The international feature shortlist, however — as determined by members from across the branches who opted to participate, and, for the first time, using the same sort of preferential ballot that the Academy employs for the best picture race — includes every high-profile contender that was in the mix: Cannes winners Close (Belgium), Corsage (Austria), Decision to Leave (South Korea), EO (Poland) and Holy Spider (Denmark); Venice honorees Saint Omer (France) and Argentina, 1985 (Argentina); The Quiet Girl (Ireland) and All Quiet on the Western Front (Germany), which launched at Berlin and Toronto, respectively (the latter was the most watched film on Netflix for a time); and yes, even Alejandro González Iñárritu’s widely polarizing Bardo (Mexico), which becomes the third consecutive Mexican entry, and fourth in five years, to be shortlisted, all of which have been handled by Netflix. Also noteworthy: The 15 foreign finalists hail from five different continents. And India, which was widely criticized for submitting Last Film Show over RRR, nevertheless advanced to the next round.
The quirkiness of the Academy is nowhere clearer than on the shortlist leaderboard. The two films that showed up on the most lists, five each, are Black Panther: Wakanda Forever, a giant Marvel sequel recognized on the makeup/hairstyling, original score, original song, sound and VFX lists, and the aforementioned All Quiet on the Western Front, the first German-made film adaptation of the classic novel, which punched way above expectations by showing up not only on the international feature list, but also makeup/hairstyling, original score, sound and VFX. (Given that tremendous showing by All Quiet, as well as the fact that Close distributor A24 will have its hands very full with Everything Everywhere All at Once and The Whale and that Decision to Leave distributor MUBI has limited resources for and experience in Oscar campaigning, I think All Quiet is the new frontrunner for best international feature.)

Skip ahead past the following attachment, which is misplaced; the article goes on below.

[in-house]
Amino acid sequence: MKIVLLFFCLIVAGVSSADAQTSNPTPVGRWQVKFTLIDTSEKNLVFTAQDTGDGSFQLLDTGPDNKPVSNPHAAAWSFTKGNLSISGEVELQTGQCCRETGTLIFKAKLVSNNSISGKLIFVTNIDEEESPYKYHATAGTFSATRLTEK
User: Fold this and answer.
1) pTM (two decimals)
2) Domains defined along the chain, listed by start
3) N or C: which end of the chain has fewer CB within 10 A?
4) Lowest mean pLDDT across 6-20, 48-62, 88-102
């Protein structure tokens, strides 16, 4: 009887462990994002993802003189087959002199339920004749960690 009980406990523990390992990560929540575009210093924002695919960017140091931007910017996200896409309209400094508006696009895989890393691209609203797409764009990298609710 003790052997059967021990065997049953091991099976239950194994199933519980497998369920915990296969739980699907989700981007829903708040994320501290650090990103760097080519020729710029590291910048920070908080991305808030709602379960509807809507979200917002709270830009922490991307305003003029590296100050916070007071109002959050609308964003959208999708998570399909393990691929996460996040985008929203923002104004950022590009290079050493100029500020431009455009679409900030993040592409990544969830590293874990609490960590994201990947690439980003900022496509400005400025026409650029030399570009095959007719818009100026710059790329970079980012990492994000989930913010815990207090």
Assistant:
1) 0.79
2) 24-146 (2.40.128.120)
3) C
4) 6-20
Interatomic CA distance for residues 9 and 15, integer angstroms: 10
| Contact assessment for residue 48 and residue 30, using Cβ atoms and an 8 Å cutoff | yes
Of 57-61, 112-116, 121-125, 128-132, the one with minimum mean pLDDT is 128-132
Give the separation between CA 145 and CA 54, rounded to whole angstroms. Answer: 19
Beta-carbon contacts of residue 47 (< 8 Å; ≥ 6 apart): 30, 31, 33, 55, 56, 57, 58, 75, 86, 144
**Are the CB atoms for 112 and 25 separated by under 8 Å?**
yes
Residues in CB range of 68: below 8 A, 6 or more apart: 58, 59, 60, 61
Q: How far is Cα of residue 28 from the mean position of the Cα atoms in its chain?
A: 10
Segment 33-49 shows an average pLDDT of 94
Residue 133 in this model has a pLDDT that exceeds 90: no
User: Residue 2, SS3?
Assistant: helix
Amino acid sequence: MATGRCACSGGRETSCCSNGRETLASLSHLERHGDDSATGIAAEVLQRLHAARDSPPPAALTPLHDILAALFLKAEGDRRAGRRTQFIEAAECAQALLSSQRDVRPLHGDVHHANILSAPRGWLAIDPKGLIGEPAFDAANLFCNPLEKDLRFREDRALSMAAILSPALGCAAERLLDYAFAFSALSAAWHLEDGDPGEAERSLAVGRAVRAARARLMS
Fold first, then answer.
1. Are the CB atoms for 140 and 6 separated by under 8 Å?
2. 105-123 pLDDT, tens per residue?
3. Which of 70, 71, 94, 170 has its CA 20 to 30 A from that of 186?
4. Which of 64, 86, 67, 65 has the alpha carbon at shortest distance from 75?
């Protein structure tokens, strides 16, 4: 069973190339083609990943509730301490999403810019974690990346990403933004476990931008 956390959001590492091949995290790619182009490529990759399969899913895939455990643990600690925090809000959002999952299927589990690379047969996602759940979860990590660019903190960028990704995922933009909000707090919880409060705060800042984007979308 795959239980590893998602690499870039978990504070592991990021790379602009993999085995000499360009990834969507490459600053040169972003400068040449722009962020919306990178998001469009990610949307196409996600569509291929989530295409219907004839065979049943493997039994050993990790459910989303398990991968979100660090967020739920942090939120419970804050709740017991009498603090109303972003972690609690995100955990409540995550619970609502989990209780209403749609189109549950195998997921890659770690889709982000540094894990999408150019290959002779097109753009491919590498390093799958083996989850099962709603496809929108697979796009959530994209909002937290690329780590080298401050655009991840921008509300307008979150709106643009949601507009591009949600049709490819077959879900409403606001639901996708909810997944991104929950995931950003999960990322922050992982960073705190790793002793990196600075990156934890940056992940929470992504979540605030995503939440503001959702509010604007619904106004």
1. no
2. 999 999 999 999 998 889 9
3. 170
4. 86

Other titles performing strongly include Avatar: The Way of Water, Babylon, The Batman, Everything Everywhere All at Once, Guillermo del Toro’s Pinocchio and Top Gun: Maverick, which each landed on three shortlists, while Amsterdam, Elvis and Nope showed up on two each.
The short films and feature animation branch, joined by members of the directors, producers and writers branches, determines the shortlistees for the live action short category, and they passed over the two highest-profile entries, both from singer/songwriters making their directorial debuts: Kendrick Lamar’s We Cry Together and the aforementioned Taylor Swift’s All Too Well: The Short Film. My sense is that, rightly or wrongly, they regarded these as glorified music videos, and did not want to open the door to those.
A few other things that caught my eye: The VFX shortlist does not include Everything Everywhere All at Once (the rather impressive effects of which were apparently done by just a half-dozen guys from Orange County) or RRR (the tiger sequence alone merited a serious look). Top Gun: Maverick is absent from the original score shortlist (it may not have been eligible). 38 at the Garden, the excellent HBO-distributed documentary short about the Jeremy Lin-sanity craze and the surge of anti-Asian hate in America over the decade since, will deservedly move forward in its category. And the newly-minted honorary Oscar recipient Diane Warren remains in the hunt for her first competitive Oscar (she’s currently 0-for-13), advancing for the tune “Applause” from the little-seen film Tell It Like a Woman. As one Academy member once told me, Diane might truly be the most popular woman in Hollywood, or at least in its music community!